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The Energy Journal
Volume 45, Special Issue



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Mitigating Climate Change While Producing More Oil: Economic Analysis of Government Support for CCS-EOR

Hossa Almutairi and Axel Pierru

DOI: 10.5547/01956574.44.SI1.halm

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Abstract:
By storing CO2 captured from the atmosphere or point sources into oil fields, carbon capture and storage with enhanced oil recovery (CCS-EOR) increases the fields' output by raising reservoir pressures. Since CO2-EOR has been experimented with for decades and the revenues from the additional oil production improve projects' economics, CCS-EOR is the most readily deployable CCS technology. However, government support for CCS-EOR projects is sometimes contested on the grounds that the resulting increase in oil production undermines their environmental benefits. Addressing this concern requires determining the effects of implementing CCS-EOR on global CO2 emissions. This paper presents a simple approach based on a marginal reasoning consistent with economic decision-making. It produces analytical formulas that account for the effects on the global oil market of incentivizing CCS-EOR. In addition, we quantify the volume of oil that can be decarbonized by storing a ton of captured CO2 through EOR from different perspectives. We produce numerical results based on a first-cut calibration. They suggest that, from an economic perspective, CCS-EOR is a technology that mitigates global emissions. However, after accounting for the need to decarbonize the EOR oil, the reduction in emissions is significantly less than the stored quantity of CO2. If fully allocated to oil production, the environmental benefits of capturing a ton of CO2 and storing it through conventional EOR can allow the oil producer to decarbonize 3.4 barrels on a well-to-wheel basis and 14.4 barrels when offsetting its oil-upstream emissions only. Fiscal incentives granted by governments to support CCS-EOR as a climate-change mitigation technology should be sized accordingly. We compare our findings to the size of the subsidy in the revised Section 45Q of the 2022 United States Inflation Reduction Act.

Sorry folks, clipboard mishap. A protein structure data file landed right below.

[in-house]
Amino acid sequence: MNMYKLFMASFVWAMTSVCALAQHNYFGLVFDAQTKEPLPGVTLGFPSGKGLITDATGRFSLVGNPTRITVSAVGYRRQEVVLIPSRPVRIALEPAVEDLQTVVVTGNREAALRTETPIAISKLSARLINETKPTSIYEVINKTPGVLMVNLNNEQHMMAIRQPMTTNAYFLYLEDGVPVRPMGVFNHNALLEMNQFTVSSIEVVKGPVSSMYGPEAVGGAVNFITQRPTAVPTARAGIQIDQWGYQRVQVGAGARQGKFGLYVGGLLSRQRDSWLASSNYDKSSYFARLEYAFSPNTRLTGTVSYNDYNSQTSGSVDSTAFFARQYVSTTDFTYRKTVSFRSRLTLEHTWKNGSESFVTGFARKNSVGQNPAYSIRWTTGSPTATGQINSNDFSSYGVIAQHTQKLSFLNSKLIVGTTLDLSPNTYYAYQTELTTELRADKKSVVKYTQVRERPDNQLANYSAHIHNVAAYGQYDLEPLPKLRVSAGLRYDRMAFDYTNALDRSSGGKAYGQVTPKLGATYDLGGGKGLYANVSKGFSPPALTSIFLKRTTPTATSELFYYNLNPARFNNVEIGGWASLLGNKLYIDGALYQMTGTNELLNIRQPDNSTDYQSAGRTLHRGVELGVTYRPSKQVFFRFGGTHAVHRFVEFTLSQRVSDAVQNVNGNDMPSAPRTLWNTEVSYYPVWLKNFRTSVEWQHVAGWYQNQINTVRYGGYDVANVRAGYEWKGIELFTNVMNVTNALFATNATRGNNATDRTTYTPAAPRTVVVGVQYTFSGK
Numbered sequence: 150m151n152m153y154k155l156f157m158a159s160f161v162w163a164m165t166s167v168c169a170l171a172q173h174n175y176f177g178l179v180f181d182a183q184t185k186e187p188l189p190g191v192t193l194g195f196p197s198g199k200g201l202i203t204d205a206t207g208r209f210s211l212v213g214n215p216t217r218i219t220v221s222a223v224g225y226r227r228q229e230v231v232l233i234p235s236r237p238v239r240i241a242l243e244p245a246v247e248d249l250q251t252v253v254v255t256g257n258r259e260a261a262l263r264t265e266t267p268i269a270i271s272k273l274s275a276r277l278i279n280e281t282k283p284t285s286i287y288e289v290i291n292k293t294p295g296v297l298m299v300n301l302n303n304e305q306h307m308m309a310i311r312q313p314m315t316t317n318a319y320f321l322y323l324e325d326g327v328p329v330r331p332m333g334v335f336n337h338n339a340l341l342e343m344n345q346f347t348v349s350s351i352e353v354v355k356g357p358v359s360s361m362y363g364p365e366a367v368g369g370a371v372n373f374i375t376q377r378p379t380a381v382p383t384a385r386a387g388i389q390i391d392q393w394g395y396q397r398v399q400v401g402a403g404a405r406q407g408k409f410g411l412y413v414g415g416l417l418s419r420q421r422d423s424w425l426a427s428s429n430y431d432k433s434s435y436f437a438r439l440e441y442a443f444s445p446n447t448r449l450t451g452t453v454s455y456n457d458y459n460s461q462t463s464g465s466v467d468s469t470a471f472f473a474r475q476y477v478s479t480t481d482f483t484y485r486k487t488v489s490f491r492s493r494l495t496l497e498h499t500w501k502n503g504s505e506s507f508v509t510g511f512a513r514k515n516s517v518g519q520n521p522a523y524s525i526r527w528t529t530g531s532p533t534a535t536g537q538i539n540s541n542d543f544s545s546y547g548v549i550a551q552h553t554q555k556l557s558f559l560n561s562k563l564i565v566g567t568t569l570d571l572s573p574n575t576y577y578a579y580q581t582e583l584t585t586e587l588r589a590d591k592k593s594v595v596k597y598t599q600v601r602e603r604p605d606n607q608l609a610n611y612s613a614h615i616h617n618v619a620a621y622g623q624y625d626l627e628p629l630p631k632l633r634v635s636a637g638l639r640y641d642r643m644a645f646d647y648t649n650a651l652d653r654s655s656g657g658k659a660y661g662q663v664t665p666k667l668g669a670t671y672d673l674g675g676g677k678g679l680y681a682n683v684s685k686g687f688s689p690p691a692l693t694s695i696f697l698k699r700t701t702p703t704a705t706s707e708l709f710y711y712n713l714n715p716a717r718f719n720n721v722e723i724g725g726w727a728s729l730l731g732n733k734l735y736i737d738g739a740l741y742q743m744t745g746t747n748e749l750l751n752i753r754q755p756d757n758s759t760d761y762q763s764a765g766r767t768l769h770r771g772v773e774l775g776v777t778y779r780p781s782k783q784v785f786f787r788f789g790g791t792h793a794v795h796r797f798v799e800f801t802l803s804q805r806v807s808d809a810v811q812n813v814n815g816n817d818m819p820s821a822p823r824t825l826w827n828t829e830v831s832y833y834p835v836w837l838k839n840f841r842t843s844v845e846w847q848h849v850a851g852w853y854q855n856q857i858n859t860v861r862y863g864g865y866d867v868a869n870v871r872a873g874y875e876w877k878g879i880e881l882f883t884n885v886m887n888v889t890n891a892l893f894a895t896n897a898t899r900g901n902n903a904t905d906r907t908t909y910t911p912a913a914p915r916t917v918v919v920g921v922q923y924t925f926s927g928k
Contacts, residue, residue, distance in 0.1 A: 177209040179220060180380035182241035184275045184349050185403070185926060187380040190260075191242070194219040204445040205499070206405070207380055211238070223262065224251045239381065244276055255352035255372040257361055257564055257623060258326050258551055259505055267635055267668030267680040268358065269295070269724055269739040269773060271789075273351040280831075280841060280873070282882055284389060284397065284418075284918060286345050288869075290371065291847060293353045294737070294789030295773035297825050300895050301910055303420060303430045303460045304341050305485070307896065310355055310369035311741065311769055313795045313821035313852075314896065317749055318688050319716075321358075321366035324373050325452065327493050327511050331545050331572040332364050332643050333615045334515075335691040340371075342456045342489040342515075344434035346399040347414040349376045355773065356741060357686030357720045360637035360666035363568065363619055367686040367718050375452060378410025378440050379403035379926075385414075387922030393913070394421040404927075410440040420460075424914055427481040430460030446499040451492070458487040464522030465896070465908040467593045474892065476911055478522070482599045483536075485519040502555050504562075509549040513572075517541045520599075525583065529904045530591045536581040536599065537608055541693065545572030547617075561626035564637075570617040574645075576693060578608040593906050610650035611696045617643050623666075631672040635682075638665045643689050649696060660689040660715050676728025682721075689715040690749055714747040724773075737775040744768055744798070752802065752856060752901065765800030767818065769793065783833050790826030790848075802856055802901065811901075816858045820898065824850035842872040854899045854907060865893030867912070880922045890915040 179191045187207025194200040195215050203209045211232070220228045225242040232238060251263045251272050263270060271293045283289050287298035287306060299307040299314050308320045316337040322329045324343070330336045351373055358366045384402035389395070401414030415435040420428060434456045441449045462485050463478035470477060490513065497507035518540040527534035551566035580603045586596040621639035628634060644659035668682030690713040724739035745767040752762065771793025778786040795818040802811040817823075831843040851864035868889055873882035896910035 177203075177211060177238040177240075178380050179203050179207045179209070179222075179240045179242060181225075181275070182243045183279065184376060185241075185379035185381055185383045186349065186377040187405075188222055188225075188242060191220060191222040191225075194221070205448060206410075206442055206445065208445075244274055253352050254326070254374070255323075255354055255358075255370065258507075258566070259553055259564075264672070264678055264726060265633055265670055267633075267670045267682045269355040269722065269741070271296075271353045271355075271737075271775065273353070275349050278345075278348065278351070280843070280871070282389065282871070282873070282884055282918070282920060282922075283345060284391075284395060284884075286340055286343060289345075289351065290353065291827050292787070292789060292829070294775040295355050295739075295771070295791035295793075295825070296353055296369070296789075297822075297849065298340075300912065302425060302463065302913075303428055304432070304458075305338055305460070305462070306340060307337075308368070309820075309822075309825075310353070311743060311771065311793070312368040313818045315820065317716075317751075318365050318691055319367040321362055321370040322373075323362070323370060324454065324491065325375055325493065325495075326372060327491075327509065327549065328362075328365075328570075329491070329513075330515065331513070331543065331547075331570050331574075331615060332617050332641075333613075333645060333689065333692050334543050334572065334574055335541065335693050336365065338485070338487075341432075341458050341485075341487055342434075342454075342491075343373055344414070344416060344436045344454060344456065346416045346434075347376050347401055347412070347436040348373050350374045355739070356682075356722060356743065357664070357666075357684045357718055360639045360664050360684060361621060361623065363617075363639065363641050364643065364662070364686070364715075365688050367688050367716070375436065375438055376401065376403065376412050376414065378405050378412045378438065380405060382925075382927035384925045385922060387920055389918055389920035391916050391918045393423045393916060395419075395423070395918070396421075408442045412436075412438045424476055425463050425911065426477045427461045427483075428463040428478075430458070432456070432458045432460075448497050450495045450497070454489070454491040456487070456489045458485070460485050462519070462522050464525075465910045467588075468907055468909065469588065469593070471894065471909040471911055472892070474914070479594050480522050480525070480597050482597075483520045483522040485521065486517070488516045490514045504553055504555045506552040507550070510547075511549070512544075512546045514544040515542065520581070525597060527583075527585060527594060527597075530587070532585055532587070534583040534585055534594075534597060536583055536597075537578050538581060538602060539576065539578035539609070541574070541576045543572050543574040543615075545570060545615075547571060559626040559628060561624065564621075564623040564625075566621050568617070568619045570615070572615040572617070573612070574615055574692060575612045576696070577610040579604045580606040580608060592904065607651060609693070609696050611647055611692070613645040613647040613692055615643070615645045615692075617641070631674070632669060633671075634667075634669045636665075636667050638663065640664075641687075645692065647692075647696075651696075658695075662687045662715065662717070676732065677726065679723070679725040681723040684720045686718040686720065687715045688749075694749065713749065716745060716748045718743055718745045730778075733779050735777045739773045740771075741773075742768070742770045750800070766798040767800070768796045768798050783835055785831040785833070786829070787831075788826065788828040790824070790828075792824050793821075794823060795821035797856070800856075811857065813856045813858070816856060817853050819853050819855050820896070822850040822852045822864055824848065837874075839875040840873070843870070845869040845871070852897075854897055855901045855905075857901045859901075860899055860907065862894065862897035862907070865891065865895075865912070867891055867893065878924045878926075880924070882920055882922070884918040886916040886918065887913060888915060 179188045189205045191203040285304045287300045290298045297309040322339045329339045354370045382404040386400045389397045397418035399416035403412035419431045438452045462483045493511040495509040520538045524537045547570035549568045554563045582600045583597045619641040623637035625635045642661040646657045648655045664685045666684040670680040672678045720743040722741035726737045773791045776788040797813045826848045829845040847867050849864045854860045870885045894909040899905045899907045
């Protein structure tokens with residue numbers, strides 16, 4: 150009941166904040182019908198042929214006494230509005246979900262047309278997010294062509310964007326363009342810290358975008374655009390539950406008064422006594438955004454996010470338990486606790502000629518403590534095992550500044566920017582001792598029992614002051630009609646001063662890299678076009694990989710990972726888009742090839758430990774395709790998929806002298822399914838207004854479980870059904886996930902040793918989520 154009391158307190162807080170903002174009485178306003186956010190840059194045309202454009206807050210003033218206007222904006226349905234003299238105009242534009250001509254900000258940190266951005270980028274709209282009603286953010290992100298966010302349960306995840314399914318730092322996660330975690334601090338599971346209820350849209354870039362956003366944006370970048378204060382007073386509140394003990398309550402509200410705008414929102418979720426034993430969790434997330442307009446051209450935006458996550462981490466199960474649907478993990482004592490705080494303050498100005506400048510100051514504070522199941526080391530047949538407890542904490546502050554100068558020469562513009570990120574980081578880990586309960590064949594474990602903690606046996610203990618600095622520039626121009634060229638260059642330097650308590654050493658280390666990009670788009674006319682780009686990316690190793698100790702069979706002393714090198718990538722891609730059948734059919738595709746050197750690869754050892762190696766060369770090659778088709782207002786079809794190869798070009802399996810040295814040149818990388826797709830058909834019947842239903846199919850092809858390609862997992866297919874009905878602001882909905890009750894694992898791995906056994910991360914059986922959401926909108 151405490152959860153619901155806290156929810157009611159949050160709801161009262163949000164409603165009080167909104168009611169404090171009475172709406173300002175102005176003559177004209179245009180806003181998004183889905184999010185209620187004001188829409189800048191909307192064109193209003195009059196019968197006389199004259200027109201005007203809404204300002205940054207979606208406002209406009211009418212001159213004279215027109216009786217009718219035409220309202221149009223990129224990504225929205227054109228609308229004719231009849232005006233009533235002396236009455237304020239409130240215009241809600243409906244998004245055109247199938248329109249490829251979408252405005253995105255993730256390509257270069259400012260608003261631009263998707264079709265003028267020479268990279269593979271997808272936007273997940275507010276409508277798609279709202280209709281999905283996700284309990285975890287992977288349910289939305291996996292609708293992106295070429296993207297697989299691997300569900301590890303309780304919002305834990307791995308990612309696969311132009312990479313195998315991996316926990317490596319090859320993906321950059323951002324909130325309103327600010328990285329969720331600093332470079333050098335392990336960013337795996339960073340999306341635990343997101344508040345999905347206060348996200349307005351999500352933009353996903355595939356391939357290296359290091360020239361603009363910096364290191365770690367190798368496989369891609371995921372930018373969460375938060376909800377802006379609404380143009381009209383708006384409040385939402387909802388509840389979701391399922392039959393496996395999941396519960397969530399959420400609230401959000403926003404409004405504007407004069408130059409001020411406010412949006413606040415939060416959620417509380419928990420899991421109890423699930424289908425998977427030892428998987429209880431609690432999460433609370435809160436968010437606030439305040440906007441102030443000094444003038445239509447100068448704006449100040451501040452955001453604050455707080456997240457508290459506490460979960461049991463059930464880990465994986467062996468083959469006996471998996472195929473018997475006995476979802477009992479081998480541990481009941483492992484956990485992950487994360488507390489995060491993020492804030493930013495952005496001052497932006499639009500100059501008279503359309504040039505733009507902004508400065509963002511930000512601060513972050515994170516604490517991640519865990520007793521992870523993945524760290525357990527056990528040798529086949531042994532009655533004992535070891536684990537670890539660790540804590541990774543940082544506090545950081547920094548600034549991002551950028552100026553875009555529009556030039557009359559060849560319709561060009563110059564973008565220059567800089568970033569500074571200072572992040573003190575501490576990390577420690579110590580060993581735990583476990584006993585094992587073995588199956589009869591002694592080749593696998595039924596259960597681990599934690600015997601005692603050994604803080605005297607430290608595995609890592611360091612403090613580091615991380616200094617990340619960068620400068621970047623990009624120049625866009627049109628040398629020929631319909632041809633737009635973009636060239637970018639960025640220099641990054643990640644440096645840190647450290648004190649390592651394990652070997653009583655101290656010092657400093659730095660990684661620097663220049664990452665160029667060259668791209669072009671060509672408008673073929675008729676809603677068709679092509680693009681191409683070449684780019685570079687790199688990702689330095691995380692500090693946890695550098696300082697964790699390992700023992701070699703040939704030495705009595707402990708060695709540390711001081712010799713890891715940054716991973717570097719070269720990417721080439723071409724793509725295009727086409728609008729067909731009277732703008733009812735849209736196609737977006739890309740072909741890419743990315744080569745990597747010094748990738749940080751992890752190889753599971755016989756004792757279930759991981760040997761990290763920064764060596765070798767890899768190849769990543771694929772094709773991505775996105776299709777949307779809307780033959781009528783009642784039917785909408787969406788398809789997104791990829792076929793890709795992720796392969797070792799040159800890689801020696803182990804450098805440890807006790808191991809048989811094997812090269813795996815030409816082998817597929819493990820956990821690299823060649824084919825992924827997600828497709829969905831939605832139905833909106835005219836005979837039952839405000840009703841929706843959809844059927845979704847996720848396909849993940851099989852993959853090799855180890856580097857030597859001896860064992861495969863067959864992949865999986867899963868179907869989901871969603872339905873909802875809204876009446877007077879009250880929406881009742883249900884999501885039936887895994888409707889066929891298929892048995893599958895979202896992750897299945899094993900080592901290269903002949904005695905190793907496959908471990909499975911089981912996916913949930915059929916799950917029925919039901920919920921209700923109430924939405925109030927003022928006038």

Net-Zero Policy vs Energy Security: The Impact on GCC Countries

Simona Bigerna, Maria Chiara D’Errico, Paolo Polinori, and Paul Simshauser

DOI: 10.5547/01956574.44.SI1.sbig

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Abstract:
Gulf Cooperation Council countries have accumulated large oil portfolio revenues. However, the world economy is seeking to reduce carbon emissions, and in turn, its reliance on fossil fuel resources through investments in renewable energy resources. The aim of this research is to analyze oil portfolio risk from an exporters' perspective, highlighting how relevant determinants, such as the increasing penetration of renewables in the importer counterparties, and financial and policy uncertainty, increase the volatility of oil export portfolios.We construct oil portfolios for four Gulf Cooperation Council countries (Kuwait, Oman, Saudi Arabia, United Arab Emirates) from 2008 to 2018, and compute volatility spillovers à la Diebold and Yilmaz. Then, the effects of policy and economic variables on volatility spillover indices are estimated using different panel linear regression models.We find rising renewable market shares significantly affects oil export portfolio risks and reduces adverse impacts on importing countries of oil market fluctuations.




 

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